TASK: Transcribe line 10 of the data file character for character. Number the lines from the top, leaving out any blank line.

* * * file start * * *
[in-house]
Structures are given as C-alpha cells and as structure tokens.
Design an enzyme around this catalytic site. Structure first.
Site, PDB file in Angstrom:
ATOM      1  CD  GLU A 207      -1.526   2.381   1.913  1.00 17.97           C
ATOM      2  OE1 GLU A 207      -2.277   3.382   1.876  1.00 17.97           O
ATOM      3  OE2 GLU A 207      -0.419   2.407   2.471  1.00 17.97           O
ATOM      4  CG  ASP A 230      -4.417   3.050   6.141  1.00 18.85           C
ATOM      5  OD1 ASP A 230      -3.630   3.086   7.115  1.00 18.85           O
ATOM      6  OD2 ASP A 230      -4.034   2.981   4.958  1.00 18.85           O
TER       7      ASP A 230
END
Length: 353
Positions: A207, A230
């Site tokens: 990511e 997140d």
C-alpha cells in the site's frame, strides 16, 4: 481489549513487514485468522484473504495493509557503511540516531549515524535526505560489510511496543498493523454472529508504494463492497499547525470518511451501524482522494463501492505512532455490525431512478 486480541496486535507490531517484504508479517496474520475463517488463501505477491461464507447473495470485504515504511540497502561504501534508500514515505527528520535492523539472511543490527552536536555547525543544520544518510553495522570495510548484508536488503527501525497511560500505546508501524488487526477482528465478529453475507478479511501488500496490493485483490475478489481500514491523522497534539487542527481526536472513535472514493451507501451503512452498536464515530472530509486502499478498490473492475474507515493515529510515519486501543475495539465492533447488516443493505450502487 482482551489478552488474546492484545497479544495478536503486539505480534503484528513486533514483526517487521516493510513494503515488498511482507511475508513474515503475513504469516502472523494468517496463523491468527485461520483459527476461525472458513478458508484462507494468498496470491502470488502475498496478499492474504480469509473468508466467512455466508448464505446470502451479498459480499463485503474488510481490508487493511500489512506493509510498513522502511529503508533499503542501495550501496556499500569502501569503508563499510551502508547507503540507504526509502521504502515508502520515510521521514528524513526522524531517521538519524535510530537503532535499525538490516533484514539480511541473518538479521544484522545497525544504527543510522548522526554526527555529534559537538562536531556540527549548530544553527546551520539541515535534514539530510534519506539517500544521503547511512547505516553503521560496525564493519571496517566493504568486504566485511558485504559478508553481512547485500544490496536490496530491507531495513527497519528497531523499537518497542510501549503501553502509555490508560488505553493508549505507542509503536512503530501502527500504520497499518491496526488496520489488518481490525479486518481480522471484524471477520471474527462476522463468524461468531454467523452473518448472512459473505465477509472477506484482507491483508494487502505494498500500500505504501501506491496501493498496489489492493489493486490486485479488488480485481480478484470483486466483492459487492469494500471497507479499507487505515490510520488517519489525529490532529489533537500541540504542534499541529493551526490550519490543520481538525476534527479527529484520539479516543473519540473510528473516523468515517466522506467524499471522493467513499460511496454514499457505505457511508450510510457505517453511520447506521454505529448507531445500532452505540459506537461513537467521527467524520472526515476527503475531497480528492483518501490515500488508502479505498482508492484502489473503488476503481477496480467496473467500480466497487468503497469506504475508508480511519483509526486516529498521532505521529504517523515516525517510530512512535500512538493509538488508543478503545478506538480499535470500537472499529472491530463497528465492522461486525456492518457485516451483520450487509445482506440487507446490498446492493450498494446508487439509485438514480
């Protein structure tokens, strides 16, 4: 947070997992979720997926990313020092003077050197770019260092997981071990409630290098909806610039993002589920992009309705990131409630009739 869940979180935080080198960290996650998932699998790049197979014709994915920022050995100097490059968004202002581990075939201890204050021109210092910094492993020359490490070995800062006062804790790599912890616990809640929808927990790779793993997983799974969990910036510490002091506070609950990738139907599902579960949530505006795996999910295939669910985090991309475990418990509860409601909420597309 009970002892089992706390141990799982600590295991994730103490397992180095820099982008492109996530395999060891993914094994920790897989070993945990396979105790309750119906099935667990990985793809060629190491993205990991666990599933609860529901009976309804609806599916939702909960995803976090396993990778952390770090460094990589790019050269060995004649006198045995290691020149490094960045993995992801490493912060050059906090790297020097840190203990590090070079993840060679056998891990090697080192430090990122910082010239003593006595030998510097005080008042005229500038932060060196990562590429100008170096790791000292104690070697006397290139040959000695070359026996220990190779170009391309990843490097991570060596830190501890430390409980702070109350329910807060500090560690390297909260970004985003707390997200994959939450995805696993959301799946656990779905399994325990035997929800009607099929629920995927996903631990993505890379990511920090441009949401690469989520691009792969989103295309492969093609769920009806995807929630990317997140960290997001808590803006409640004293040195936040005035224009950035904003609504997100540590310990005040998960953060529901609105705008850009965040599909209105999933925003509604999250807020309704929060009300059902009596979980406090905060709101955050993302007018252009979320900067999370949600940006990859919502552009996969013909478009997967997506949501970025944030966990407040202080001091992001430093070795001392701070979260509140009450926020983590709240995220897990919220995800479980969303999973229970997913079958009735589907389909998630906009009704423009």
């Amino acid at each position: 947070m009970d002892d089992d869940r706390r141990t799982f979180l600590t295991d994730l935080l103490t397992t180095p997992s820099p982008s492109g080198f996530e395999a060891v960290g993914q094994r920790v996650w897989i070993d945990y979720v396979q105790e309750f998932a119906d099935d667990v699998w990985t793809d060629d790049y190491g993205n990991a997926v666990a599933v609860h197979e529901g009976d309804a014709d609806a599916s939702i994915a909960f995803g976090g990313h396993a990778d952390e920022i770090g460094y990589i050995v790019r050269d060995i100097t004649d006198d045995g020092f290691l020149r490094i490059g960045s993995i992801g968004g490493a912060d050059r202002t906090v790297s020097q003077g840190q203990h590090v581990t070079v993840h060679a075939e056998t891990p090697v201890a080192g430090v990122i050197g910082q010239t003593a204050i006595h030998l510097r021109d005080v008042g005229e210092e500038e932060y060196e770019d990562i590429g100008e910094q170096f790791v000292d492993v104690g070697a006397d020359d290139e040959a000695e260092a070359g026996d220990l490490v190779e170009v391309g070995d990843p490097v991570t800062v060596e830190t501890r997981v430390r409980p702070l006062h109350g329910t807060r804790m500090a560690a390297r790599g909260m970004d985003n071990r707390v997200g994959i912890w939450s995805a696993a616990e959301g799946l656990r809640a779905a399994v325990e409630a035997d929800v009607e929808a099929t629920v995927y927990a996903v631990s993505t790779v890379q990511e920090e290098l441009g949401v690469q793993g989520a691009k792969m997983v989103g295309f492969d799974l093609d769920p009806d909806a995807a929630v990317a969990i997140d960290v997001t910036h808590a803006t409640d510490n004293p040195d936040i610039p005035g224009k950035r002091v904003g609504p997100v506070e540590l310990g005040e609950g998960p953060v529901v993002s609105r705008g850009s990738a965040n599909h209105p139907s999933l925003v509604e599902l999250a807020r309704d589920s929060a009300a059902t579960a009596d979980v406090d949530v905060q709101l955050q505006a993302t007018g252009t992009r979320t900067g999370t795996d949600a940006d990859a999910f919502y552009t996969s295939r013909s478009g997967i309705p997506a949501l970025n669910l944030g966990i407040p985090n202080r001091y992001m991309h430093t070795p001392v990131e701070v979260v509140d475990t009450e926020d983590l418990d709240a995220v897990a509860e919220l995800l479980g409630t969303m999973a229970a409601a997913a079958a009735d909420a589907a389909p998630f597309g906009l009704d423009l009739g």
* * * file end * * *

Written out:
ATOM      6  OD2 ASP A 230      -4.034   2.981   4.958  1.00 18.85           O